We were huddled over a table sipping Pabst Blue Ribbon draft beers at a bar in my hometown, my mother and my father and I, swapping stories of days long passed, when I asked them, "Do you remember Arnold?" And this is what they said.

Mom: "Your hamster?"

I nodded.

Dad: "The one that died when you were eleven?"

I nodded again.

Mom: "Doesn't ring a bell."

Dad: "Never heard of the guy."

Me: "Really? You don't remember when I used to carry him around in the hood of my coat? Or hide him in the silverware drawer? Or force him to pee on Kelly's toothbrush?"

Mom: "Still doesn't ring a bell."

Dad: "Still never heard of the guy."

Me: "Oh."

A pause.

Me: "Well, I was wondering if it was possible that he died of something contagious to humans like the Hamster Flu."

Mom: "Arnold didn't die of the Hamster Flu, honey."

Me: "How do you know?"

Mom: "I have a feeling."

Me: "What kind of feeling?"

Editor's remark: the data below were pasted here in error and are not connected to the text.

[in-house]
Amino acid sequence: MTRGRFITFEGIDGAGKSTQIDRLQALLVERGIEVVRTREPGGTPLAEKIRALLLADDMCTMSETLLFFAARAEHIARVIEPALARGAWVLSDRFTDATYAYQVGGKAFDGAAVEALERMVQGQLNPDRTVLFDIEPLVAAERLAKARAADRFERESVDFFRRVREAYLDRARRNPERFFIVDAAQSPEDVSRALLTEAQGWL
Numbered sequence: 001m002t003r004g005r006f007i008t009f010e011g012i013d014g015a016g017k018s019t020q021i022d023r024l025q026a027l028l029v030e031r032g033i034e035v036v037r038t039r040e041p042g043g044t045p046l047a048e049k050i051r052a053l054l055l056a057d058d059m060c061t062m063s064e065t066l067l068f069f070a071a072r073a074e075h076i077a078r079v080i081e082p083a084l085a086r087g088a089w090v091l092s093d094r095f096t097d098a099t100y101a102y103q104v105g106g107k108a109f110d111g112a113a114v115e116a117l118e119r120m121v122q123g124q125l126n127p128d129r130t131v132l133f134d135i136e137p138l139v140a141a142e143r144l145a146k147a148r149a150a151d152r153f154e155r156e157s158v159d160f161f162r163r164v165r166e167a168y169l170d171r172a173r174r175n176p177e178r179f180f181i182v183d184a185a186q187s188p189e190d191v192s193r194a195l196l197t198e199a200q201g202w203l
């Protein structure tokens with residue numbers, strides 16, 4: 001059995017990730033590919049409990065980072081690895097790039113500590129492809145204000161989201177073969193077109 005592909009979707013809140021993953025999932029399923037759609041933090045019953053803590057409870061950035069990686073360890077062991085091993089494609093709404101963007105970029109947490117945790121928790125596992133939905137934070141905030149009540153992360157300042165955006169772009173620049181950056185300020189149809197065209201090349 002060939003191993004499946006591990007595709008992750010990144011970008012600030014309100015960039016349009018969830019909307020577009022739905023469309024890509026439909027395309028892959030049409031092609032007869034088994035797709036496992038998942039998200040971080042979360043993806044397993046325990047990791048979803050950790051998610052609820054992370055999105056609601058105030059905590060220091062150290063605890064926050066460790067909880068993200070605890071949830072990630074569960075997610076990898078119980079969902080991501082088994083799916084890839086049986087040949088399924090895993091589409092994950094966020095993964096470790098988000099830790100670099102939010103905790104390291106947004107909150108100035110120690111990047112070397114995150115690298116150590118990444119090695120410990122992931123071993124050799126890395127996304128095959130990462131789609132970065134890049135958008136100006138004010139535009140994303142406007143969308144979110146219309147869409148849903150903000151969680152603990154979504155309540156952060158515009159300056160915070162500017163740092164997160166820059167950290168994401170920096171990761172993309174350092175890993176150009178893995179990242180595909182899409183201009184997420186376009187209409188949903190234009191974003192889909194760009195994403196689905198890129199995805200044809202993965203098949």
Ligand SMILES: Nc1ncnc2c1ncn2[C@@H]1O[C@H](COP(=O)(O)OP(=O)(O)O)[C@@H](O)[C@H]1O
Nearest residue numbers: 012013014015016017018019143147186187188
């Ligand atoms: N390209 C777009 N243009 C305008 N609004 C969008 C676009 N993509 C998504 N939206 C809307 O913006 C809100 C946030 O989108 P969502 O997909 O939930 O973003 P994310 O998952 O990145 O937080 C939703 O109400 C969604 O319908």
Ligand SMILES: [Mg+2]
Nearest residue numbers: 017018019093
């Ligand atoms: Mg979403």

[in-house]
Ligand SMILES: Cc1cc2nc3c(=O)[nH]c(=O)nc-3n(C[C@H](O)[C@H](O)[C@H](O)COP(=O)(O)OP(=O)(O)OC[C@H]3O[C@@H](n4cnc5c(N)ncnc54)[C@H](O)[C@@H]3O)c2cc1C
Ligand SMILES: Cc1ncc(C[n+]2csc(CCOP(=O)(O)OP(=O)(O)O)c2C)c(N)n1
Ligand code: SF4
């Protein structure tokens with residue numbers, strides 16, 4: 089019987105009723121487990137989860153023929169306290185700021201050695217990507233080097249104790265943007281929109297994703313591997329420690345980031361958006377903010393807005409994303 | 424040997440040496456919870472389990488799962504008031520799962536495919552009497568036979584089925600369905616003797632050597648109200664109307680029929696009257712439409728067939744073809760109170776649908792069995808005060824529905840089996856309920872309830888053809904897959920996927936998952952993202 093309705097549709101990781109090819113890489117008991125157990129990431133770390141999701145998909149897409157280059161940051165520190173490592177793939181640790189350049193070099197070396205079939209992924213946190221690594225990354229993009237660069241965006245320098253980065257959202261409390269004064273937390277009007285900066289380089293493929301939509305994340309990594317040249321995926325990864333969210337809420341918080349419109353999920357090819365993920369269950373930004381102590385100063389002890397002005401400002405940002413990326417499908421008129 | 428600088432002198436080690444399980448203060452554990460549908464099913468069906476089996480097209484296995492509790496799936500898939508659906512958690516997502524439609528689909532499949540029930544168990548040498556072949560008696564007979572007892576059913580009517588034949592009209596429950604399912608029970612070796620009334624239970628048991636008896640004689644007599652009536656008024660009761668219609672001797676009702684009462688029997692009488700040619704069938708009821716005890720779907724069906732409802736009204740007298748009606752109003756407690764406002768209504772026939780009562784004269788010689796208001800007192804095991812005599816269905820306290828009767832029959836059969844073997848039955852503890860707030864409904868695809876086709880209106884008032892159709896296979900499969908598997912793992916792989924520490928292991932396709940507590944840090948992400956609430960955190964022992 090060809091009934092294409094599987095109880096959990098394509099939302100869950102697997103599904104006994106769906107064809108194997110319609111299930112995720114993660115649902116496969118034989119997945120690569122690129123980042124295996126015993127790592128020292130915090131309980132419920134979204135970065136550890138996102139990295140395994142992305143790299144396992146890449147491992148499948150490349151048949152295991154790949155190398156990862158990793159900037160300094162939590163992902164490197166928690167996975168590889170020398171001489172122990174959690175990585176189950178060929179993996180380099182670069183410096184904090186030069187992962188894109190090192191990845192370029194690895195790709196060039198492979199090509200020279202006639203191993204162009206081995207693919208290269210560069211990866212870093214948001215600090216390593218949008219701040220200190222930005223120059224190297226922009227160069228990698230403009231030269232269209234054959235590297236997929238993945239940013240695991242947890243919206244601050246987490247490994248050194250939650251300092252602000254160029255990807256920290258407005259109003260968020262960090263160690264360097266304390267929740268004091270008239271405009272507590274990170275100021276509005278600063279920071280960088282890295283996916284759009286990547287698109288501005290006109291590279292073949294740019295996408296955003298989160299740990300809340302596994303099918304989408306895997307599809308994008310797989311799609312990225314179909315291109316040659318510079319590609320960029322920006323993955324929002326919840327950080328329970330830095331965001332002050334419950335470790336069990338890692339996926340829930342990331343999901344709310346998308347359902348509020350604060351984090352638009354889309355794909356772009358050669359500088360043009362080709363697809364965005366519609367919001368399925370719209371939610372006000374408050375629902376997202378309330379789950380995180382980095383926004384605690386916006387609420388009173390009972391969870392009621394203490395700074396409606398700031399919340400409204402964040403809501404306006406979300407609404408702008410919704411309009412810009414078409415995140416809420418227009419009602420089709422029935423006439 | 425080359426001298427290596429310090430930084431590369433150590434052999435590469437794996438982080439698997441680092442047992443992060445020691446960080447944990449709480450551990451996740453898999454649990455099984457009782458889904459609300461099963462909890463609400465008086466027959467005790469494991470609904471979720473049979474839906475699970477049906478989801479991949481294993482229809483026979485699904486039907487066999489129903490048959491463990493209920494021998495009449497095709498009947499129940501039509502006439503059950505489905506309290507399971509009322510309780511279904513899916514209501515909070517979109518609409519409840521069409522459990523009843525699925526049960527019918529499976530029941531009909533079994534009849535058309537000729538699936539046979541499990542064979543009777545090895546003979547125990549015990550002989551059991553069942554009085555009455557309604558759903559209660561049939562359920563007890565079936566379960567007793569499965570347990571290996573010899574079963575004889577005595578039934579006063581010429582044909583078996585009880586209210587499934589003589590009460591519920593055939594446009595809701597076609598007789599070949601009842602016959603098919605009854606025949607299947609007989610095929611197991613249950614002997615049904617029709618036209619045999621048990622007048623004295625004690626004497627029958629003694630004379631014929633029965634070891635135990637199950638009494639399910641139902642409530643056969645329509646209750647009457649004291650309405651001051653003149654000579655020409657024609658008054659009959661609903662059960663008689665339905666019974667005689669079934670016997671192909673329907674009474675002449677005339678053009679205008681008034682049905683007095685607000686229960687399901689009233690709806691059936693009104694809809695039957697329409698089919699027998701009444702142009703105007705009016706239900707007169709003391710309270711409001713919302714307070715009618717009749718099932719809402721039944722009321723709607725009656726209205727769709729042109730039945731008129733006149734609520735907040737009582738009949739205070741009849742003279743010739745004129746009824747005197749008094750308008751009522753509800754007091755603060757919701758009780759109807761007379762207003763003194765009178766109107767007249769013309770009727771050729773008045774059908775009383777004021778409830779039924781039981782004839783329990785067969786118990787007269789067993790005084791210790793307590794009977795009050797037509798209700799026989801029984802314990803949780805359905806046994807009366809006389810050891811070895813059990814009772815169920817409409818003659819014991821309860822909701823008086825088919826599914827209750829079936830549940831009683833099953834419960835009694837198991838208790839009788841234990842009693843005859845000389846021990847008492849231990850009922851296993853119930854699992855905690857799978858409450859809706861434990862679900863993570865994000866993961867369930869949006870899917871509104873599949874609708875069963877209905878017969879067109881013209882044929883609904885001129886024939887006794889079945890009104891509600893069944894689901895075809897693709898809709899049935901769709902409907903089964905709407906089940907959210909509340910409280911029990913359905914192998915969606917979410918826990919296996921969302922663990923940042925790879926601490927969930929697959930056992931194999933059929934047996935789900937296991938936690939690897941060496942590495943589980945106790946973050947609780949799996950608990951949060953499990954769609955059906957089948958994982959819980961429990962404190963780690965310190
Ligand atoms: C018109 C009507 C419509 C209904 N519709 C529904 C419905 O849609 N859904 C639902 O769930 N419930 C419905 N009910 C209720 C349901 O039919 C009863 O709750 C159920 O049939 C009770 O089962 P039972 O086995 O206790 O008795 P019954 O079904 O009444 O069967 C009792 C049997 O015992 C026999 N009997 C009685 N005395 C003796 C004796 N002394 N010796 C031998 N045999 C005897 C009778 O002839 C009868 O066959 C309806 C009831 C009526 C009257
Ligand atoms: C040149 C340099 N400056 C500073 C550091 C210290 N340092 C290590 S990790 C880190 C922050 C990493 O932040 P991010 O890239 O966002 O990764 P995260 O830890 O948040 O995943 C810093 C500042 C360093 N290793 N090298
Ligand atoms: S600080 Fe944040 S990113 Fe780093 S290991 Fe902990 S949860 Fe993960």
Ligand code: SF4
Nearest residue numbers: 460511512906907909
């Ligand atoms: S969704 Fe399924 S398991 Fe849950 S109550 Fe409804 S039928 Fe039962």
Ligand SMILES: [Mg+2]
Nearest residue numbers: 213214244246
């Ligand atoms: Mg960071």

Dad: "A feeling like she knows that Arnold died of starvation."

Mom: "Mark!"

Dad: "What? He's twenty-five years old. It's about time he knows that he killed his hamster."

Me: "I thought you didn't remember him!"

Mom: "Oh, we remember that poor little guy. We thought you were mature enough to take care of a small pet. Boy, were we wrong."

Dad: "Dead wrong."

Me: "Wait a minute, is that why you stopped letting me babysit the neighbor's cat whenever they went on vacation?"

Dad: "Yep."

Me: "And why you responded "How about a baseball glove?" every time I asked for a fish?"

Dad: "Yep."

Me: "And why you didn't leave me alone with Bryan until his eighteenth birthday?"

Dad: "Yep."

Me: "I can't believe you kept this from me for all these years."

Mom: "Honey, we didn't want to hurt your feelings."

Dad: "Or pay for therapy."

Me: "So all that talk about Hamster Heaven, was that a lie, too?"

Mom: "Of course not, honey. Arnold is up there right now chugging along on a hamster wheel made of gold."

Me: "Really?"

Dad: "Where else would he be, Hamster Hell? He didn't kill anybody. That was you, remember?"